Near Douglas in Converse County, Wyoming — The American West (Mountains)
Also leaving the fort at this point was the telegraph line to Fort Reno, about 75 miles northwest. Later, with the abandonment of that fort in 1868, the line ended here until it was extended to Fort McKinney, established in 1878, near the present town of Buffalo.
Erected by Fort Fetterman State Historic Site.
Location. 42° 50.712′ N, 105° 29.136′ W. Marker is near Douglas, Wyoming, in Converse County. Marker is on State Highway 93, on the right when traveling north. Touch for map. Marker is in this post office area: Douglas WY 82633, United States of America. Touch for directions.
Other nearby markers. At least 8 other markers are within 8 miles of this marker, measured as the crow flies. Water Supply (about 400 feet away, measured in a direct line); Hog Ranch (about 500 feet away); Fort Fetterman (about 800 feet away); The One Mile Hog Ranch The Oregon Trail (approx. 5½ miles away); Bill Hooker (approx. 5½ miles away); Ayres Natural Bridge Park (approx. 7.4 miles away); John Hunton (approx. 7.7 miles away). Touch for a list and map of all markers in Douglas.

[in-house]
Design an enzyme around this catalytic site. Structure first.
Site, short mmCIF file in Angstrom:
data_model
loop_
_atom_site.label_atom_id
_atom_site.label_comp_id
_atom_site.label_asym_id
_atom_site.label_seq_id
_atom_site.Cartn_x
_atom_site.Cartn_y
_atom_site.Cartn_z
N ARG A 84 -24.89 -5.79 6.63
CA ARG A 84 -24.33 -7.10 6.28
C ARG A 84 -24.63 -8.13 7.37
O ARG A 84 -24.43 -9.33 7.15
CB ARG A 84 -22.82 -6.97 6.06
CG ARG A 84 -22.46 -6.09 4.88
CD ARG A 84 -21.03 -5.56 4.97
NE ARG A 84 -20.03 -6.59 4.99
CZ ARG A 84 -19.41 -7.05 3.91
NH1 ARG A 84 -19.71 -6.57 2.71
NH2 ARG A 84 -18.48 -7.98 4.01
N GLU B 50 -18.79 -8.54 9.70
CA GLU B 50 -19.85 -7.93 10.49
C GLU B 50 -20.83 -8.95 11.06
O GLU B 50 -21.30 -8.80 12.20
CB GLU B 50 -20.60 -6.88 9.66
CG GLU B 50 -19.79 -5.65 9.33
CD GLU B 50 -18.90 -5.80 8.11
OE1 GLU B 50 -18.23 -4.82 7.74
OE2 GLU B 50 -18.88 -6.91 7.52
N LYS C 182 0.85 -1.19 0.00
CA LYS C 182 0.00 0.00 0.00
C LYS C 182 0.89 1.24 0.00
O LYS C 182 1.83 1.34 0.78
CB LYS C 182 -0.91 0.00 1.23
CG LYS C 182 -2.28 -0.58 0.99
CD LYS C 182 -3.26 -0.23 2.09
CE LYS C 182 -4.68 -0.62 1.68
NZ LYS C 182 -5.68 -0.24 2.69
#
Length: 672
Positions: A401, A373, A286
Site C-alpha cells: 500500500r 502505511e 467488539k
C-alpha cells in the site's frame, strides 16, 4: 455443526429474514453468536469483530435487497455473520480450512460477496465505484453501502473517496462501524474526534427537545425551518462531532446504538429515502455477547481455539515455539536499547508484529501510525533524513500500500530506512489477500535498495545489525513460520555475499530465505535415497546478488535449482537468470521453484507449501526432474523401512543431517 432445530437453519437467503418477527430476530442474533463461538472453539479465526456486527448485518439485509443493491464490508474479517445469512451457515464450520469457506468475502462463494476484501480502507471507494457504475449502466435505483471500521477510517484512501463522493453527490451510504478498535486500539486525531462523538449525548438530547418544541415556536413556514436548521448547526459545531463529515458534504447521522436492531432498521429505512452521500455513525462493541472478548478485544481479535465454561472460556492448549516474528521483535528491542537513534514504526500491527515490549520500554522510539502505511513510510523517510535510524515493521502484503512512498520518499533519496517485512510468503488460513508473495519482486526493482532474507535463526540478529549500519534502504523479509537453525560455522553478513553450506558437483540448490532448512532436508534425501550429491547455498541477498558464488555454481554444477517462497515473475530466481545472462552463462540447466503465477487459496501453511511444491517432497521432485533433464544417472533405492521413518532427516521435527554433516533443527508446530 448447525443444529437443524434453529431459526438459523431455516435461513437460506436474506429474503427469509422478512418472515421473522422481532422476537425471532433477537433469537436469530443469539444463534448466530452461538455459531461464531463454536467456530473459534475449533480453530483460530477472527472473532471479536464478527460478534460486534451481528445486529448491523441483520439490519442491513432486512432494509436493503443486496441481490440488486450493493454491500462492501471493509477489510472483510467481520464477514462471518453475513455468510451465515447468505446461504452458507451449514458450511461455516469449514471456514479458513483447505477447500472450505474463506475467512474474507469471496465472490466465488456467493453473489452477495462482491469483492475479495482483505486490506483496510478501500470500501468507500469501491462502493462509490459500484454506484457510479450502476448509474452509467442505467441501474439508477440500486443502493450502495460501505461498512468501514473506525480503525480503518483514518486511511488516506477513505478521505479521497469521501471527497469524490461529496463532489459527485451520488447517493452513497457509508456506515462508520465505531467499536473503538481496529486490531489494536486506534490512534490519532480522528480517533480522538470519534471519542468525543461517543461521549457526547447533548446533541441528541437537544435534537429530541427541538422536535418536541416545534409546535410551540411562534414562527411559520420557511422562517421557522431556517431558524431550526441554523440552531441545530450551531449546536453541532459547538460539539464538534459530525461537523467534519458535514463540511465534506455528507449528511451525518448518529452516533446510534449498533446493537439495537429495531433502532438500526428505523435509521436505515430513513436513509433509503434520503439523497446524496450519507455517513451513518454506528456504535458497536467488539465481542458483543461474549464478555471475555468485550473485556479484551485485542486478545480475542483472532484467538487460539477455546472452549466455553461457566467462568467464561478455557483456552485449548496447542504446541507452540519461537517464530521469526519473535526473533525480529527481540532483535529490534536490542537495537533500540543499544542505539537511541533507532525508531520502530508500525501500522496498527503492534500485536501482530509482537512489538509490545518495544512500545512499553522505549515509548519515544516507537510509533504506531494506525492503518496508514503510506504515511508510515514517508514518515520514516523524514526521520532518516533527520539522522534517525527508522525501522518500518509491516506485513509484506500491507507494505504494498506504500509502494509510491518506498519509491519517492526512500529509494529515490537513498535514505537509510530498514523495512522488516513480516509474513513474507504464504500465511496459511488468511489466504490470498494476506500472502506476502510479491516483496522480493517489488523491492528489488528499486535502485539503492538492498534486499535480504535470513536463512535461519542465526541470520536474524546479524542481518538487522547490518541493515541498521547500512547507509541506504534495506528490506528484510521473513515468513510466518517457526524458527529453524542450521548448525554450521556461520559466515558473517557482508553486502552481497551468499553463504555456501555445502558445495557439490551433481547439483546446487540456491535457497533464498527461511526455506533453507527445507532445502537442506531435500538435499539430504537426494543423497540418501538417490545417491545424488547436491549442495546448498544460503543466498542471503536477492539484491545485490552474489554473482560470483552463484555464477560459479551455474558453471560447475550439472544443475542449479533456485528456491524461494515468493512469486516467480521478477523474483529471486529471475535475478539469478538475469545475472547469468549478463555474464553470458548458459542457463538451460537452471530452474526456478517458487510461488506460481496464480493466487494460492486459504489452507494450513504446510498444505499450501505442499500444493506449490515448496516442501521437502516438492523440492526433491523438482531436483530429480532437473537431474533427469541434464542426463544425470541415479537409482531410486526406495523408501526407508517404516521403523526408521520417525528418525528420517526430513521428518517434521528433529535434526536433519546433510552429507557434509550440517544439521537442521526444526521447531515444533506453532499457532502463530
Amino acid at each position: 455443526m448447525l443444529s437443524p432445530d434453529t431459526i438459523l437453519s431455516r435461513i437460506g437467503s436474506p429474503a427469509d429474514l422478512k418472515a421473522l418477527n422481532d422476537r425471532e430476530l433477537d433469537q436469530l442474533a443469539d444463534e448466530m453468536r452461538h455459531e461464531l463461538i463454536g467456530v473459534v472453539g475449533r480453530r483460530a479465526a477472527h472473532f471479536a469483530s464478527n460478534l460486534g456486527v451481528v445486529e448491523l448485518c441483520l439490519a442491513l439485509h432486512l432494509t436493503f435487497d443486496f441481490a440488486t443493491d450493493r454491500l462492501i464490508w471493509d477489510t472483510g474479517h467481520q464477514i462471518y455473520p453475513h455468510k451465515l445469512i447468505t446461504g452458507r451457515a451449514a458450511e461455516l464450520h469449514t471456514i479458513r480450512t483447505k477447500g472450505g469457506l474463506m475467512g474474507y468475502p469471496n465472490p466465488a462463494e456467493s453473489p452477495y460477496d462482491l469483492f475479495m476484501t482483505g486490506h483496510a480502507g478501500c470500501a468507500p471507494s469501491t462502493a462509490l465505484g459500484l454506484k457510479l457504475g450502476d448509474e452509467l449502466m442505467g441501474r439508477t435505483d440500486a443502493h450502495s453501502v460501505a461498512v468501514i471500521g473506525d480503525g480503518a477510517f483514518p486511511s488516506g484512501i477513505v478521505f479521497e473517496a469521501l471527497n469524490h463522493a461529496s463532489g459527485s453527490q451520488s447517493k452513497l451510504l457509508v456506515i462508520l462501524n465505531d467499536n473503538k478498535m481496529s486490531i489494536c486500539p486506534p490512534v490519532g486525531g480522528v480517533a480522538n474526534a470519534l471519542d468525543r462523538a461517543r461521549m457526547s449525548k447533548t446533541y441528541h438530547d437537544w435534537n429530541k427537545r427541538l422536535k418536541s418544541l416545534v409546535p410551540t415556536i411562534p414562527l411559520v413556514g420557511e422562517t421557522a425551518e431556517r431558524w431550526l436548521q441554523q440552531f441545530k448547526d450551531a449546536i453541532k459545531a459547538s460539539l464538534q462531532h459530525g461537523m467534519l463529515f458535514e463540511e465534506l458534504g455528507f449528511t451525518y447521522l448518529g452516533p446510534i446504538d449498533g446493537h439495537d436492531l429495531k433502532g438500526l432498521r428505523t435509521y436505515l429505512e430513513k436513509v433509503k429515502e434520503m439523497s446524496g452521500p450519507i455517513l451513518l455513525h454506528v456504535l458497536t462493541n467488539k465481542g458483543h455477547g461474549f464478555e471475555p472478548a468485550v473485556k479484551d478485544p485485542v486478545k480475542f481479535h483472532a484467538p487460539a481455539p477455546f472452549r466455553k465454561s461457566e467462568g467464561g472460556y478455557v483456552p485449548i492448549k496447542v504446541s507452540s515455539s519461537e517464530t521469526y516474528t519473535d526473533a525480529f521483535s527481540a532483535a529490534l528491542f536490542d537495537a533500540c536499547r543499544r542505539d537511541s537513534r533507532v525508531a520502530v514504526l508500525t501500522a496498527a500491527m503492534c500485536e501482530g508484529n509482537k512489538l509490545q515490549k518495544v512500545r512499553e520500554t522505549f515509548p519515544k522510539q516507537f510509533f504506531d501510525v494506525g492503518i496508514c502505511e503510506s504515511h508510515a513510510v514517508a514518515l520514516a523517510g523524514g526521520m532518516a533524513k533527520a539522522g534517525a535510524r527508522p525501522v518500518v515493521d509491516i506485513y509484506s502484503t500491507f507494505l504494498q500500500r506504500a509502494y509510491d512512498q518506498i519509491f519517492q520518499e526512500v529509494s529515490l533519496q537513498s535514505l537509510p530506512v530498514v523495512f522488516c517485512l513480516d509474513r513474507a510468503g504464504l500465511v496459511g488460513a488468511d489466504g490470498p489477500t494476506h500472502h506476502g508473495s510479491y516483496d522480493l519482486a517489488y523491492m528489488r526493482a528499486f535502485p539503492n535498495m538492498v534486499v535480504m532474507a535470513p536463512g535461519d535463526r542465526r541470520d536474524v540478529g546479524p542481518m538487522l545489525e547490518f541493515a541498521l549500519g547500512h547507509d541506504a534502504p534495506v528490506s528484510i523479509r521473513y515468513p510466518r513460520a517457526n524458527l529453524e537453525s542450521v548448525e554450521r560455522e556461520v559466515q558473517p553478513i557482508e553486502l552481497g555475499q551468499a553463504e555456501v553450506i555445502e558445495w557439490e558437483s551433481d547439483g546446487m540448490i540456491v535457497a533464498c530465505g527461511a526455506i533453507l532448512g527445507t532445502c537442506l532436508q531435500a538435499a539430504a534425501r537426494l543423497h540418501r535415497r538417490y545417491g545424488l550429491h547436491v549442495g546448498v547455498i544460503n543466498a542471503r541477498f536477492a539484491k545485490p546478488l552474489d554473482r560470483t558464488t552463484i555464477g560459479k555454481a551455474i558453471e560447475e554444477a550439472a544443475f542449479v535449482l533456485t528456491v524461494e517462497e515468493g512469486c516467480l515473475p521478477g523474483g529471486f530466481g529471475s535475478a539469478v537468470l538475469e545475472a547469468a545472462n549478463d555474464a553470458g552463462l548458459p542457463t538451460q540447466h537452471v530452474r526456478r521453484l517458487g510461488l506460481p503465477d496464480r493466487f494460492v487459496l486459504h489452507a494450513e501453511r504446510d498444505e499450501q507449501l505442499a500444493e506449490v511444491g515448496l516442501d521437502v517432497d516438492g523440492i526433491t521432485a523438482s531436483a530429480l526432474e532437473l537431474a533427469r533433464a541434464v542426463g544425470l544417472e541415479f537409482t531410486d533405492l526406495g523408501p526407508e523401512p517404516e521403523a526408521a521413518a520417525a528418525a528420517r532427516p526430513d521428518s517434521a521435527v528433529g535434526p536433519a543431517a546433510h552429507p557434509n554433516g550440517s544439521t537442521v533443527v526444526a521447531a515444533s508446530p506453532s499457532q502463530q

More about this marker. This marker is on the grounds of Fort Fetterman State Historic Site about 5 miles north of Douglas on State Highway 93.
Also see . . . Bozeman Trail History - Fort Phil Kearny State Historic Site. As with many of the overland trails, the Bozeman Trail was really several trails running through a broad corridor. Emigrant trains often used differing routes from the later military roads, and travelers would deviate from established trails at times, depending on weather, muddy terrain, and water and forage sources. (Submitted on January 3, 2015, by Barry Swackhamer of Brentwood, California.)
Categories. • Forts, Castles • Roads & Vehicles •
More. Search the internet for Bozeman Trail.
Credits. This page was last revised on June 16, 2016. This page originally submitted on January 3, 2015, by Barry Swackhamer of Brentwood, California. This page has been viewed 394 times since then and 28 times this year. Photos: 1, 2, 3, 4, 5. submitted on January 3, 2015, by Barry Swackhamer of Brentwood, California. • Andrew Ruppenstein was the editor who published this page.